Investor Tips from The Pritzker Group Workshop

Brenna Hardman, Founder of Buy Side Design, recently participated in the Investor Pitch workshop hosted by the Pritzker Group. The firm is one of the most competitive venture capital firms in the world and has these helpful tips for your next investor meeting.

TO GET A MEETING WITH AN INVESTOR:

You need credibility through an introduction to get attention. If you do not have a common connection, throw a fast ball at the beginning and lead with your strongest point. Don’t perform the slow reveal. If you get an investor on the phone, ask questions so they invest time in you. “Finding a friendly” is the best strategy for opening doors.

PREPARING FOR THE MEETING:

  • Know your audience. Who are you meeting with? What are the investors’ and firm’s focus? Are there related investments with yours? Know if they deploy a little or a lot of capital.
  • Make sure your presentation is buttoned up. Obvious holes will be seen quickly. Write a presentation deck that fills up half the time. A 20 minute meeting should have a 10 minute presentation. Think about all the things that could go wrong during the presentation. What are the 1 or 2 things that are the deal killers? Prepare to answer them.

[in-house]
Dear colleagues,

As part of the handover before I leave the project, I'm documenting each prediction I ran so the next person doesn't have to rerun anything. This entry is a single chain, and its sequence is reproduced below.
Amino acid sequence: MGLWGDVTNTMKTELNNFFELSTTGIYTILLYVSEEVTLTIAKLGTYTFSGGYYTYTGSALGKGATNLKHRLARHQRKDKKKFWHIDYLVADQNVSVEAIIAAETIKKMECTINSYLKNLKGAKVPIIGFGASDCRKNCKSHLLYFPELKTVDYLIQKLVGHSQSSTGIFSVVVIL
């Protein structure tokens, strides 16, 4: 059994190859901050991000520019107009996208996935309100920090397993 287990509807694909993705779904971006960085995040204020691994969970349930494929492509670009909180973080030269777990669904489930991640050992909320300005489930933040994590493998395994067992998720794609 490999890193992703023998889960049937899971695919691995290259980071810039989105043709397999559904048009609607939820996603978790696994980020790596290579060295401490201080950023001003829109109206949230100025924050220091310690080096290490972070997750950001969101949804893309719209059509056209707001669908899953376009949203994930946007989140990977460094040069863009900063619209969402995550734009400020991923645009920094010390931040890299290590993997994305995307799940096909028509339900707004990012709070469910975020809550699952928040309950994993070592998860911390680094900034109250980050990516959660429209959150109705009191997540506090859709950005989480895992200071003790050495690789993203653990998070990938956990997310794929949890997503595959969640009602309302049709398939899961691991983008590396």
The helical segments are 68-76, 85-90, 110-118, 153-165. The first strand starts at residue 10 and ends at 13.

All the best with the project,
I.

• If you’ve had a period of poor performance, you have to know what went wrong and explain it in a way that it won’t happen again.

PRESENTATION:

  • They want to see a maximum of 10-20 slides. Allow for discussion alongside each slide. Keep the deck short and load the appendix if necessary. The deck has to work for you, be transferable and understood. It may just be passed on to head decision maker. Whether you like it or not your deck will be shared. The deck should tell its own story.
  • Pre-wire the presentation and make sure you have back up just in case.
  • The structure of the presentation should go like this: the vision, why your team will succeed, the market opportunity, your strategy, data validation, the future roadmap and the ask for funding needs.

DURING THE MEETING:

  • The first minute is most important. Know your elevator pitch in one sentence. Start with your product, vision and company purpose. Describe it in nice crisp way and use the framework “We are X for Y”.
  • How you communicate is most important. Be direct, clear and concise.
  • Consider how your appearance choices add or detract from your message. Most people are visual and interpret body language and clothing as part of your communication.
  • Sell your team. You got the meeting for your performance, now focus on experience, people and rapport.
  • Full blown demos are for follow-up meetings. You don’t need to go into an administration panel and show them how easy it is to navigate.
  • Don’t talk at them. Talk with them. Make sure you listen and leave time for questions.

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